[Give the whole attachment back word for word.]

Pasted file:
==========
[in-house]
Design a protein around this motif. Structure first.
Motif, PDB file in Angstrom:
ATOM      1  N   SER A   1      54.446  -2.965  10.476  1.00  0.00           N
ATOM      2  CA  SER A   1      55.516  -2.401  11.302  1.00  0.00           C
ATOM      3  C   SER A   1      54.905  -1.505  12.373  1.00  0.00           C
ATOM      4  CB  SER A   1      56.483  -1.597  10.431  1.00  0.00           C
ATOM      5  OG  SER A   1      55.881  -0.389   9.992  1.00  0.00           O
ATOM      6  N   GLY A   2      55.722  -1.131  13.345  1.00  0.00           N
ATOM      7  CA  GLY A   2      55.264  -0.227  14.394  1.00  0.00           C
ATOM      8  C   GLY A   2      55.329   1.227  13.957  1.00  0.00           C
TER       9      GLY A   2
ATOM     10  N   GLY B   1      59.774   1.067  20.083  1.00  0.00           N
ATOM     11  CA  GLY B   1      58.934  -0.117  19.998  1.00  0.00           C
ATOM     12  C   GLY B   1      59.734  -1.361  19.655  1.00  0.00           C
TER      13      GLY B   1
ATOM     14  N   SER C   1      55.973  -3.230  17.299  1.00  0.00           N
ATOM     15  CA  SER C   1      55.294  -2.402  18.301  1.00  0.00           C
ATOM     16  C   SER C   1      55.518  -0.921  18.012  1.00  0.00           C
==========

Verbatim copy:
[in-house]
Design a protein around this motif. Structure first.
Motif, PDB file in Angstrom:
ATOM      1  N   SER A   1      54.446  -2.965  10.476  1.00  0.00           N
ATOM      2  CA  SER A   1      55.516  -2.401  11.302  1.00  0.00           C
ATOM      3  C   SER A   1      54.905  -1.505  12.373  1.00  0.00           C
ATOM      4  CB  SER A   1      56.483  -1.597  10.431  1.00  0.00           C
ATOM      5  OG  SER A   1      55.881  -0.389   9.992  1.00  0.00           O
ATOM      6  N   GLY A   2      55.722  -1.131  13.345  1.00  0.00           N
ATOM      7  CA  GLY A   2      55.264  -0.227  14.394  1.00  0.00           C
ATOM      8  C   GLY A   2      55.329   1.227  13.957  1.00  0.00           C
TER       9      GLY A   2
ATOM     10  N   GLY B   1      59.774   1.067  20.083  1.00  0.00           N
ATOM     11  CA  GLY B   1      58.934  -0.117  19.998  1.00  0.00           C
ATOM     12  C   GLY B   1      59.734  -1.361  19.655  1.00  0.00           C
TER      13      GLY B   1
ATOM     14  N   SER C   1      55.973  -3.230  17.299  1.00  0.00           N
ATOM     15  CA  SER C   1      55.294  -2.402  18.301  1.00  0.00           C
ATOM     16  C   SER C   1      55.518  -0.921  18.012  1.00  0.00           C